Application of Airborne EM to Bowen Basin Coal Projects
Kate E. Godber, James Reid and Guy LeBlanc Smith
ASEG Extended Abstracts
2012(1) 1 - 4
Published: 01 April 2012
In 2011, several Bowen Basin coal exploration projects in central Queensland were surveyed with the SkyTEM airborne electromagnetic system. The aim of these surveys was to trial the effectiveness of the method in for coal applications, with specific focus on mapping the key aspects of the weathering, overburden and hydrology that are most important for effective development of a coal project. The first survey, which was over an area near Moranbah with 150m of Tertiary overburden with extensive basalt flows, mapped crucial hydrological and geological features important to efficient further development of the project: These included a) a convoluted network of basalt-filled palaeochannels, some of which extend through and into the coal measures b) location, extent and thickness of major saline aquifers, c) depth to base of Tertiary. Subsequent surveys over different parts of the Bowen basin, showed that SkyTEM was a very effective tool for mapping the thickness of weathering, a parameter very important for drilling out coal resources. The results are surprising in that they not only provide a detailed map of depth of weathering (including volumes of lateritic sediments requiring excavation), but also map more subtle geological features such as synclines (previously only loosely inferred from surface mapping), major faults, previously unknown dykes, dip and strike of the main stratigraphic units, fresh water aquifers and even possibly also various coal seams (generally because they are saline aquifers). These surveys represent, at least to the authors? knowledge, the first example of modern helicopter-borne transient EM in the Australian coal fields. The results from this project and subsequent projects are surprising in that they have had unexpected applications above and beyond those which were originally forecast. Thus, with informed and thorough use, airborne EM promises to deliver valuable geological and geotechnical information to aid in the further development of Australia?s coal resources.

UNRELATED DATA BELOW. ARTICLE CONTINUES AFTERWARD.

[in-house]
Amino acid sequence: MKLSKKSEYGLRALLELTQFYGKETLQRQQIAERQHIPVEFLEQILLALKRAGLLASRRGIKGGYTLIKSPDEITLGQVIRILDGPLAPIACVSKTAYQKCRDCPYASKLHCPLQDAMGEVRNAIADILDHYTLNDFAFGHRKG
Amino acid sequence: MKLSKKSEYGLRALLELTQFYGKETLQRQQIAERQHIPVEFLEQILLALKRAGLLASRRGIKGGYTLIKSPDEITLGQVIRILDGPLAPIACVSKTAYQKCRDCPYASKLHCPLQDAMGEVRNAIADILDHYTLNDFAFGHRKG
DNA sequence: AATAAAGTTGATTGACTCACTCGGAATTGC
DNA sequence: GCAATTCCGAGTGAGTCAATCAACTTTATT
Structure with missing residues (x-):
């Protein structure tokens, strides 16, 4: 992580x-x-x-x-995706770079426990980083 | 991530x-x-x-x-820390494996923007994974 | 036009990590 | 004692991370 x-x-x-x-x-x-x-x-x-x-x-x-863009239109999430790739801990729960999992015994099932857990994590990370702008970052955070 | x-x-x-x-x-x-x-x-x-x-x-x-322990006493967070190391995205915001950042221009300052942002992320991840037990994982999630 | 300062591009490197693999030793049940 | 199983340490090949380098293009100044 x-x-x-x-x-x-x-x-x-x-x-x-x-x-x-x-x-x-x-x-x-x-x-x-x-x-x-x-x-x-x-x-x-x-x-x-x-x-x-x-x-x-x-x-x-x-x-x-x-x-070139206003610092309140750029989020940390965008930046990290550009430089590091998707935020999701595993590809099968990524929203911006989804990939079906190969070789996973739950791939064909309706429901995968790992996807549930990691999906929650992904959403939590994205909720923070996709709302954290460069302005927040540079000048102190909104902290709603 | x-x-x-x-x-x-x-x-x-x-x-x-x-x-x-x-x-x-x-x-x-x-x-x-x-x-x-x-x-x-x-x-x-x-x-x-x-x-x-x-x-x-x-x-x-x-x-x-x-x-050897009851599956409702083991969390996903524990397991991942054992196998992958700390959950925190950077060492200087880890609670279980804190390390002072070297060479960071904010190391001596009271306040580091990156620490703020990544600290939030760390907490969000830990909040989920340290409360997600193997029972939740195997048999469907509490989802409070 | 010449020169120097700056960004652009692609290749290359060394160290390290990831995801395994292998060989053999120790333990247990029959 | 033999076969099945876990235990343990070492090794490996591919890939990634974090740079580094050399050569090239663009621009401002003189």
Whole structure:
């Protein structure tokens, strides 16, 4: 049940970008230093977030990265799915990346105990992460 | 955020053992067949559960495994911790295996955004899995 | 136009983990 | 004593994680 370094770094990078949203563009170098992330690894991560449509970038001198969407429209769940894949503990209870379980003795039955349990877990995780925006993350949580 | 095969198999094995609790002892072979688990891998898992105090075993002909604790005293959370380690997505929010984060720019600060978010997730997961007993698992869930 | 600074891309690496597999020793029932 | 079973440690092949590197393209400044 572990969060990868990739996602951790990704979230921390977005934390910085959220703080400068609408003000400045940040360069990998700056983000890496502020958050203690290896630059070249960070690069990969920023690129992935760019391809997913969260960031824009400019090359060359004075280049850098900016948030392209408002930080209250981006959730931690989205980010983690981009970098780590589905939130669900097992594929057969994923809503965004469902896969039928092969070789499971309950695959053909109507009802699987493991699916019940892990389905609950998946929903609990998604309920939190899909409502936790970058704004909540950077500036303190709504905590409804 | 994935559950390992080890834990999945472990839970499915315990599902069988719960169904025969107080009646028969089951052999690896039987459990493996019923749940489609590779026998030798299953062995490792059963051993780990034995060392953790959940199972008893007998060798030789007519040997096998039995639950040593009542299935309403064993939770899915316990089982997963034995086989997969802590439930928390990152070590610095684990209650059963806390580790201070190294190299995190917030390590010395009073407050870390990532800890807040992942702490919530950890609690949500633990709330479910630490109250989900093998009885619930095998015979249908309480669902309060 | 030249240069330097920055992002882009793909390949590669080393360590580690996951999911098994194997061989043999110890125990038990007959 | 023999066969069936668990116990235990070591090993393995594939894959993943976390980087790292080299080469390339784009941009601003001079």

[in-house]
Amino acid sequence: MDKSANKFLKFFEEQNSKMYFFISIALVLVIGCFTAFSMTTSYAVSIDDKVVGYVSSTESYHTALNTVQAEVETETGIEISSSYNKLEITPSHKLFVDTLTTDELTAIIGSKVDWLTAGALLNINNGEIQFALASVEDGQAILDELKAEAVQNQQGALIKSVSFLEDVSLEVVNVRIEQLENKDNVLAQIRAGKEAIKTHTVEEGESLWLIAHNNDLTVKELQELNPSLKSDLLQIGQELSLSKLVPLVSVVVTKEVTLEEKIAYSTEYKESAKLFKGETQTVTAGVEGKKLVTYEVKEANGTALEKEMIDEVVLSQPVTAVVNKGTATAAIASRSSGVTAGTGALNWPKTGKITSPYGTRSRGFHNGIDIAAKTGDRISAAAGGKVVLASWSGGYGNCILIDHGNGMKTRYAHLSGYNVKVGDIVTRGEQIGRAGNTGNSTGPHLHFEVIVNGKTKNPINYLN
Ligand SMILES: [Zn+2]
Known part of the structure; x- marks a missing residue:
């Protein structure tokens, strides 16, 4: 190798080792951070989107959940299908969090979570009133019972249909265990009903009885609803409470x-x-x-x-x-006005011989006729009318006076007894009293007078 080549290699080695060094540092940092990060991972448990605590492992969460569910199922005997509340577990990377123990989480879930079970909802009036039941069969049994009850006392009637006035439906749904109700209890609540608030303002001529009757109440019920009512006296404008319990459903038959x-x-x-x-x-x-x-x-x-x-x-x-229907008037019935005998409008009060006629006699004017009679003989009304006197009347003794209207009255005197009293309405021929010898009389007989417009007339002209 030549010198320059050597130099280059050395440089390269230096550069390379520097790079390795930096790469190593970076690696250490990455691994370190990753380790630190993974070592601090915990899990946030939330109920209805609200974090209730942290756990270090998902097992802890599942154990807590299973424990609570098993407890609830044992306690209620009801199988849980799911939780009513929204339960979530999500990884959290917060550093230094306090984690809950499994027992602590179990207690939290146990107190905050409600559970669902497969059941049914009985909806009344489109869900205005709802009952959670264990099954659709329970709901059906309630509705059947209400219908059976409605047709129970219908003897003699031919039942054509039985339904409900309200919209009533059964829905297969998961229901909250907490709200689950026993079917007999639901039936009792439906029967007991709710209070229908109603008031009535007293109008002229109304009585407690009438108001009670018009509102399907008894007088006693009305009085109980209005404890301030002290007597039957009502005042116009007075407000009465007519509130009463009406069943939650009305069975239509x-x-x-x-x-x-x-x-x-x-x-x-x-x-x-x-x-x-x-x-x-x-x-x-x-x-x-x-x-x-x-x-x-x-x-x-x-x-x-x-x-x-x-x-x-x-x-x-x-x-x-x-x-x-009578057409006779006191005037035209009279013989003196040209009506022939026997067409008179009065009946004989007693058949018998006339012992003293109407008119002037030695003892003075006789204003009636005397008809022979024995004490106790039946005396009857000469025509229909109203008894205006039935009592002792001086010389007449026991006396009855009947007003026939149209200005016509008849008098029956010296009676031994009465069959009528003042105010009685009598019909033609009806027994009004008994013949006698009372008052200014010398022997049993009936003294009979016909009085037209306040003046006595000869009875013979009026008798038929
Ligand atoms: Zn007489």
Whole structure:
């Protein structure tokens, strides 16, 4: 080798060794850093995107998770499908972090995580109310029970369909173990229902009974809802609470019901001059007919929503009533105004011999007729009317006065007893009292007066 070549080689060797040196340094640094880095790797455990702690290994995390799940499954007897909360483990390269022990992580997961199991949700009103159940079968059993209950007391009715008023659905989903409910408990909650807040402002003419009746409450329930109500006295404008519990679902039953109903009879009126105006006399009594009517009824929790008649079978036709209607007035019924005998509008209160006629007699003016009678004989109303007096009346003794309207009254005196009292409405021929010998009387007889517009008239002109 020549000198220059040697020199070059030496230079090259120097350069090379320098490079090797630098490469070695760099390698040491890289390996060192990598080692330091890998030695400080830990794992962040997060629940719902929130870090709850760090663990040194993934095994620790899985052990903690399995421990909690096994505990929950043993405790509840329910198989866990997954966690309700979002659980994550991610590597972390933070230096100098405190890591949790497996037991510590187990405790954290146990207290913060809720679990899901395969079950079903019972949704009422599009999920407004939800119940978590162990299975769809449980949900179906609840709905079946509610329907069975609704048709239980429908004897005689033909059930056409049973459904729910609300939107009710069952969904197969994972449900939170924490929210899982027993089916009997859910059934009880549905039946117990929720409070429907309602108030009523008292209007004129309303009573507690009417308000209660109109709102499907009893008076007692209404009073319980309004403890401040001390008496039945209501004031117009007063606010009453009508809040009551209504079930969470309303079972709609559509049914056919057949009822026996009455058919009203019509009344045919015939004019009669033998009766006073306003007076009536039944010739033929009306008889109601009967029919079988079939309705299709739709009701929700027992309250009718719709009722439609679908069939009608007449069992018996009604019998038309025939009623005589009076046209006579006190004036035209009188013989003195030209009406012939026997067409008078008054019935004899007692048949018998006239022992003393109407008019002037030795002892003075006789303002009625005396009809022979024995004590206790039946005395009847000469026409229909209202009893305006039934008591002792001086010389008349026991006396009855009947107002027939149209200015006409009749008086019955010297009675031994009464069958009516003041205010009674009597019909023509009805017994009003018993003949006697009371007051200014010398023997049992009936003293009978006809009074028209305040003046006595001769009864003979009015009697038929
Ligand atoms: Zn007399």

Full text doi:10.1071/ASEG2012ab205
© ASEG 2012